The 1950s

Page 10 – 1957 - key events

Scott Base established

Scott Base

New Zealand’s permanent Antarctic research station, Scott Base, was declared open by Captain Harold Ruegg, the Administrator for the Ross Dependency, on 20 January. The base was named after British explorer Robert Falcon Scott. The New Zealand flag was raised on a flagstaff that had been used by Scott at Hut Point in 1903. The base was originally established to support the privately run Commonwealth Trans-Antarctic Expedition (TAE). It was built to accommodate both the New Zealand party of the TAE and a group of New Zealand scientists who were attached to the expedition as part of the International Geophysical Year (IGY), a worldwide research programme in 1957–58. 

NZ’s last execution

Mt Eden Prison

On 18 February, 68-year-old Whanganui farmer Walter Bolton became the last person to be executed in New Zealand when he was hanged at Mount Eden prison. After a controversial trial, he had been convicted of murdering his wife, Beatrice. Bolton’s execution raised the usual questions about the death penalty. Some people believed that capital punishment was legalised murder and that it was morally wrong to take another human life. Others opposed capital punishment on religious grounds or because mistakes could be made. Rumours that Bolton’s execution had been ‘botched’, as well as lingering doubts as to his guilt, contributed to intense debate about capital punishment in New Zealand.

The death penalty for murder was abolished in 1961.

Age no barrier for Nash

Walter Nash

The National Party had been in power since 1949. Shortly before the 1957 election Sid Holland stood down as Prime Minister due to ill health. His successor was Keith Holyoake. The Labour Party won a two-seat majority and Walter Nash – aged nearly 76 – became New Zealand’s oldest-ever Prime Minister. A key figure in the first Labour government (1935–49), Nash had become Labour leader following the death of Peter Fraser in 1950. Despite defeat in the 1960 election, Nash remained leader of the party until 1963. He was still the MP for Hutt when he died at the age of 86 in 1968.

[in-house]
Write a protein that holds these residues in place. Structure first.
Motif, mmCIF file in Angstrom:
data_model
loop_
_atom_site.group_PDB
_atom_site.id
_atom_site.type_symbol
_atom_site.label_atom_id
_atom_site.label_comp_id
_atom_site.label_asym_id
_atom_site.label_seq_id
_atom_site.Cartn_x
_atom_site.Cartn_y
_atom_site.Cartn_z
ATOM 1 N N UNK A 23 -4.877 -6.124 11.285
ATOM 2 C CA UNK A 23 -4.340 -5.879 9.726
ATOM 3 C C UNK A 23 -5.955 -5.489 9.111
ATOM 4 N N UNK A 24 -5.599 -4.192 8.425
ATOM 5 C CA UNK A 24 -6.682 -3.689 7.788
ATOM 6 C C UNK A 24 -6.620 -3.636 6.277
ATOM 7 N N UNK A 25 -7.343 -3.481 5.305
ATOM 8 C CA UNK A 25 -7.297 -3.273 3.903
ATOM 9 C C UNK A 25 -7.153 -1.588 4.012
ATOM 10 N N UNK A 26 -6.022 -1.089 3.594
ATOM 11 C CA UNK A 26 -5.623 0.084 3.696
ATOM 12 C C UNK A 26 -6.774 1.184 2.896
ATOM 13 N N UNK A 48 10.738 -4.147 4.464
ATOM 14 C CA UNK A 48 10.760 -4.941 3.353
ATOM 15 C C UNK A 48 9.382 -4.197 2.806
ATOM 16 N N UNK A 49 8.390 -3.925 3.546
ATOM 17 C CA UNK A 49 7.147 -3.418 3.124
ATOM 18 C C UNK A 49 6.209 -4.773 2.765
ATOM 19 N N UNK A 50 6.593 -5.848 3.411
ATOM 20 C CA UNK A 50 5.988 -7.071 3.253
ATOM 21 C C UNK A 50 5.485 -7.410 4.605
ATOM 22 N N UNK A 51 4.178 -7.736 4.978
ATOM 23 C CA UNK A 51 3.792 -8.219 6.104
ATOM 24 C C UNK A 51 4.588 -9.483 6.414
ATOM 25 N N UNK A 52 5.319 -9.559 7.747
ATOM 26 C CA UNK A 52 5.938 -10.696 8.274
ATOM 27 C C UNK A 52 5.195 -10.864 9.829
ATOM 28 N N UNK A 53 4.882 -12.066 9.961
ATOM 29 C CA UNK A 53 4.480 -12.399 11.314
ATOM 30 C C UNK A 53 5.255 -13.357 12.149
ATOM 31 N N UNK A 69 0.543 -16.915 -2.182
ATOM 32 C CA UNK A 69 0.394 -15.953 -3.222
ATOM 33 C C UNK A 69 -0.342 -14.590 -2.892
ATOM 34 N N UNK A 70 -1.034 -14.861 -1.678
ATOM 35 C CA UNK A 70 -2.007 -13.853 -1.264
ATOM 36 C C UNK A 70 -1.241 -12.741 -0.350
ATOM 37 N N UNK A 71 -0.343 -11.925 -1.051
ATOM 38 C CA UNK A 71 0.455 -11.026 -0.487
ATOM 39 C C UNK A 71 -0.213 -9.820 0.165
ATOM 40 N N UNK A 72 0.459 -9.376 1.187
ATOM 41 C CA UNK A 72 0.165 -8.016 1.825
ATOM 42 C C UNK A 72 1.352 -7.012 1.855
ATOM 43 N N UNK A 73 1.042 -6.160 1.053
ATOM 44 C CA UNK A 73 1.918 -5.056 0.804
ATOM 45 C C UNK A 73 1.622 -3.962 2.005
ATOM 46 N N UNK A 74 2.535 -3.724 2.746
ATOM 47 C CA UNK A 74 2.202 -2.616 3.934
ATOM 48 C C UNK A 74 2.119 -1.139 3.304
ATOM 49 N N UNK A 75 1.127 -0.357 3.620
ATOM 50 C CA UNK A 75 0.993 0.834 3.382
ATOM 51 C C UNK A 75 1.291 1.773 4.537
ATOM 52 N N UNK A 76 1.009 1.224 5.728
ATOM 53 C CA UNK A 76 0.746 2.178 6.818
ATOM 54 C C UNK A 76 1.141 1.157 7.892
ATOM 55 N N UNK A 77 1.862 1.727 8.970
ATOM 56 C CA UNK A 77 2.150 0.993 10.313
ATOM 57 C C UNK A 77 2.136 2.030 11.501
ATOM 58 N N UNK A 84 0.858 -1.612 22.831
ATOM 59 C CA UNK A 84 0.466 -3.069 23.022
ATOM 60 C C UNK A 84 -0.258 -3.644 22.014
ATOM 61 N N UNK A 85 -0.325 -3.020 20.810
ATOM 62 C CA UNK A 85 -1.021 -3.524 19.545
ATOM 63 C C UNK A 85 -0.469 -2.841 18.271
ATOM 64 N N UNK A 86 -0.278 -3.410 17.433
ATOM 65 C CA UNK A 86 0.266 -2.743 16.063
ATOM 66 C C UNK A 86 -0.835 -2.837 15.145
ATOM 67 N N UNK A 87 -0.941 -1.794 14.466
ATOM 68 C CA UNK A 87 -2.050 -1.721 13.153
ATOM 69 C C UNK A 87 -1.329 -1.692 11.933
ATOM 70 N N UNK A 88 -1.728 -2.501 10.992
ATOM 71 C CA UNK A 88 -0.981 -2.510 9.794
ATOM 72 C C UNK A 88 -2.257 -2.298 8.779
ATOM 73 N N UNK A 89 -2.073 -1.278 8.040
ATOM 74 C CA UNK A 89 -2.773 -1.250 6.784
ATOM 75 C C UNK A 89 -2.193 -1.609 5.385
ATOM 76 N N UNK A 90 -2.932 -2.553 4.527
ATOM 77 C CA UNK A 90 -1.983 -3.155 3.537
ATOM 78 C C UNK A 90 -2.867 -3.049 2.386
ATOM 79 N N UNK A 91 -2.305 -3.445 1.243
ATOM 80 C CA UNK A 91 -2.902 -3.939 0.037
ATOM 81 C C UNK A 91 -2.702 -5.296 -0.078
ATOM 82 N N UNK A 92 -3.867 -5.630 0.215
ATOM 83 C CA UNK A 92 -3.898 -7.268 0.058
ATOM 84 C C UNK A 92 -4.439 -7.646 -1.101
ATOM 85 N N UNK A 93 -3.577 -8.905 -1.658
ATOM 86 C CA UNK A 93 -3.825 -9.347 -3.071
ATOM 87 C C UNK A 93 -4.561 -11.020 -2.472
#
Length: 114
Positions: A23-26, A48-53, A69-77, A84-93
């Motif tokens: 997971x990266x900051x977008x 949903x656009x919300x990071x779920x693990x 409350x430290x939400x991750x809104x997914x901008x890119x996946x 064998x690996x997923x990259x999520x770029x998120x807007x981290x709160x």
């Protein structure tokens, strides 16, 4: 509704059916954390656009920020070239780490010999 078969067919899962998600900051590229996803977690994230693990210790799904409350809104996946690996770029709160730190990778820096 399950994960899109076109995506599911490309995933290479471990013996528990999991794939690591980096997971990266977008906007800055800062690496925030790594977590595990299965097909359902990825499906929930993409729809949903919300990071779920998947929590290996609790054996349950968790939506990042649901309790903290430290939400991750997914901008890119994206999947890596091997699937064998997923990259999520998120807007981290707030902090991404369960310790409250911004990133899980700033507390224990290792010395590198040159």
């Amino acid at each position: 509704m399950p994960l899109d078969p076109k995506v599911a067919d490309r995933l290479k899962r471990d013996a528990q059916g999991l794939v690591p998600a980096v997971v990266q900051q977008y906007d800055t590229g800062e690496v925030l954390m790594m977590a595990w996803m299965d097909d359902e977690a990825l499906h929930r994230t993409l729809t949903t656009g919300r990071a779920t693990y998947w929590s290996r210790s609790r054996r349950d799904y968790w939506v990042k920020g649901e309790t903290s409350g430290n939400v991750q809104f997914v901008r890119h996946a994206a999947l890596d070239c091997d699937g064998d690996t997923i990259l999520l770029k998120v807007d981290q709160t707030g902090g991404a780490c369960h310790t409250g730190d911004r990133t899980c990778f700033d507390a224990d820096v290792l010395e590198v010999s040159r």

Owls do cry

Janet Frame

Owls do cry, the first novel by Janet Frame, was published. It is regarded as one of the most significant pieces of New Zealand fiction in the post-war period.

Diagnosed with incipient schizophrenia in 1945, Frame was hospitalised at the Seacliff Mental Hospital near Dunedin on numerous occasions over the next decade. She wrote her first book, The lagoon and other stories, a collection of short stories, while at Seacliff. Shortly after her final discharge Frame met the writer Frank Sargeson, at whose Takapuna home she lived and worked for more than a year from April 1955. With his encouragement Frame rapidly wrote Owls do cry, which was published by Christchurch’s Pegasus Press in April 1957.

The story is centred on the Withers family, who live in the drab South Island town of Waimaru (based on Ōamaru, where Frame had spent much of her childhood). Only Daphne Withers shines through the gloom. The sensitive Daphne is confined in an asylum and subjected to barbaric electric shock treatment, mirroring Frame’s own experiences. While the book was widely acclaimed as ‘the first great New Zealand novel’, it was too close to the bone for many in Ōamaru, who thought it both too negative and too personal.

Other events in 1957:

  • Sir Leslie Munro became the first New Zealander to be elected President of the General Assembly of the United Nations.
  • Ian Cross’s novel The God boy was published. At the time it vied with Owls do cry for recognition as ‘the first great New Zealand novel’.
  • Death of poet A.R.D. Fairburn.
  • New Zealand's Court of Appeal was established.
  • Barry Briggs became world (motorcycle) speedway champion.
  • William Hamilton’s first commercial jet boats were produced.
  • Auckland businessman Morris Yock trademarked the jandal.

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